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Keep Your Kids Safe from Concussions

Child's ConcussionA hit to the head during a soccer game or a hard fall from skateboarding may result in a serious head injury and even a concussion. The American Academy of Pediatrics describes a concussion as any injury to the brain that disrupts normal brain function on a temporary or permanent basis. These injuries are typically caused by a blow to the head, most often occurring while playing contact sports such as football, hockey, soccer, wrestling or skateboarding.

For some children, concussions only last for a short while. Other times, a person can have symptoms of a concussion that last for several days or weeks following the injury. Not all symptoms of concussions will be obvious, and in some cases take several hours to set in. Look for these signs of a concussion if your child suffers a head injury:

  • Headaches
  • Nausea or vomiting
  • Dizziness or loss of balance
  • Memory loss or confusion
  • Poor concentration
  • Vision problems
  • Fatigue
  • Irritability or changes in mood
  • Sensitivity to light or noise

Seek Medical Attention

If your child injures his head or you believe he may have a concussion, it is important that the child discontinues play immediately and visits a healthcare provider for an evaluation. All concussions are serious and should be monitored right away. A pediatrician can properly diagnose the concussion and its severity, and then make appropriate treatment recommendations.

Rest from all activities is the best treatment for concussions. Your pediatrician can make appropriate recommendations for when the child should return to future play. Recovery time depends on the child and the severity of the concussion.

Preventing Head Injuries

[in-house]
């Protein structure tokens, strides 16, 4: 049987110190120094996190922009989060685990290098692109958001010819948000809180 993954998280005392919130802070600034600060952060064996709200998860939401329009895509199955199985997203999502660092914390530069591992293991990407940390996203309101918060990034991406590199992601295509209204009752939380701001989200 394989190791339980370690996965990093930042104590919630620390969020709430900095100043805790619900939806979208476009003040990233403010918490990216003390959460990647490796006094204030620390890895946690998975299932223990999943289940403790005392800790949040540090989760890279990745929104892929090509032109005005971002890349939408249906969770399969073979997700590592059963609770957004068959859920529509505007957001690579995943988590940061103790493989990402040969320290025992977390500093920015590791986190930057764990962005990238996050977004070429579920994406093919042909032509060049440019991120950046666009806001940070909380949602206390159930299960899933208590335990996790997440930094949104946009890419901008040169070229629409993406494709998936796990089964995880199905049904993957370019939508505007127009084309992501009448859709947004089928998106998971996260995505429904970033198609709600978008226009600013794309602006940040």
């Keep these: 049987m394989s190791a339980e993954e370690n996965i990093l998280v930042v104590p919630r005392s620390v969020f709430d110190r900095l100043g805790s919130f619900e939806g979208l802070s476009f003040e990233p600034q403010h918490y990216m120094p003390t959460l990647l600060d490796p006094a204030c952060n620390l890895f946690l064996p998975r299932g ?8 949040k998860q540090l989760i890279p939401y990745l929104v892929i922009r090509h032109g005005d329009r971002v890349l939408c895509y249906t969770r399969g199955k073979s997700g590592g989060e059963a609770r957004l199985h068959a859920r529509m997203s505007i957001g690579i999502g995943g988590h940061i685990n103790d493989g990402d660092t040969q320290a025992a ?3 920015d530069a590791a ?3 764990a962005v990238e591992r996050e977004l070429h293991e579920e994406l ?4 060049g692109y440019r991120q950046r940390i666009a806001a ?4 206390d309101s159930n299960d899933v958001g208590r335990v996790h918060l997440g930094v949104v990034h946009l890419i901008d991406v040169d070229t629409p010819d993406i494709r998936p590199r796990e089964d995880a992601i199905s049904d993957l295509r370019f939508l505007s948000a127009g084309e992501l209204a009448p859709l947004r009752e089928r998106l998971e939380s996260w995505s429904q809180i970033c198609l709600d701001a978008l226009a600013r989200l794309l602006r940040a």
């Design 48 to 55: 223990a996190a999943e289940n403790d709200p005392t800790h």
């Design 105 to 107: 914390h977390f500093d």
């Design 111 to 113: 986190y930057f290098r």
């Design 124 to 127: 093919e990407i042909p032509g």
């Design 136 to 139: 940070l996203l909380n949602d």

Not all head injuries can be avoided, but you can do a few important things to prevent them.

  • Buckle Up. Make sure your child is properly buckled up in a seat belt, car seat or booster seat.  
  • Safety Gear. If your child plays sports, make sure he wears appropriate headgear and other safety equipment.
  • Awareness. Children should be taught how to play safe and understand the importance of reporting any type of head injury to their parent or coach.

All head injuries should be taken seriously.  Early detection and treatment is the best way to prevent serious complications. It’s never a bad idea to contact your pediatrician when you have questions or concerns about your child’s head injury.

Towson Office

849 Fairmount Avenue
Dulaney Center 1 Building Suite 100 A
Towson, MD 21286  

Tel: 410-494-1369
Fax: 410-494-2737
Urgent after-hours: 410-494-1362 

Towson Office Hours

Temporarily Changed Due To COVID-19

Monday:

8:30 am-6:00 pm

Tuesday:

8:30 am-6:00 pm

Wednesday:

8:30 am-6:00 pm

Thursday:

8:30 am-6:00 pm

Friday:

8:30 am-5:00 pm

Saturday:

Morning Urgent Care

Sunday:

Morning Urgent Care

Foundry Row Office

10084 Reisterstown Road
Life Bridge Health Building Suite 200 B
Owings Mills, MD 21117  

Tel: 410-526-7993
Fax: 410-526-5144
Urgent after-hours: 410-526-7993  

Foundry Row Office Hours

Temporarily Changed Due To COVID-19

Monday:

8:30 am-7:00 pm

Tuesday:

8:30 am-7:00 pm

Wednesday:

8:30 am-7:00 pm

Thursday:

8:30 am-7:00 pm

Friday:

8:30 am-5:00 pm

Saturday:

9:00 am-12:00 pm

Sunday:

9:00 am-12:00 pm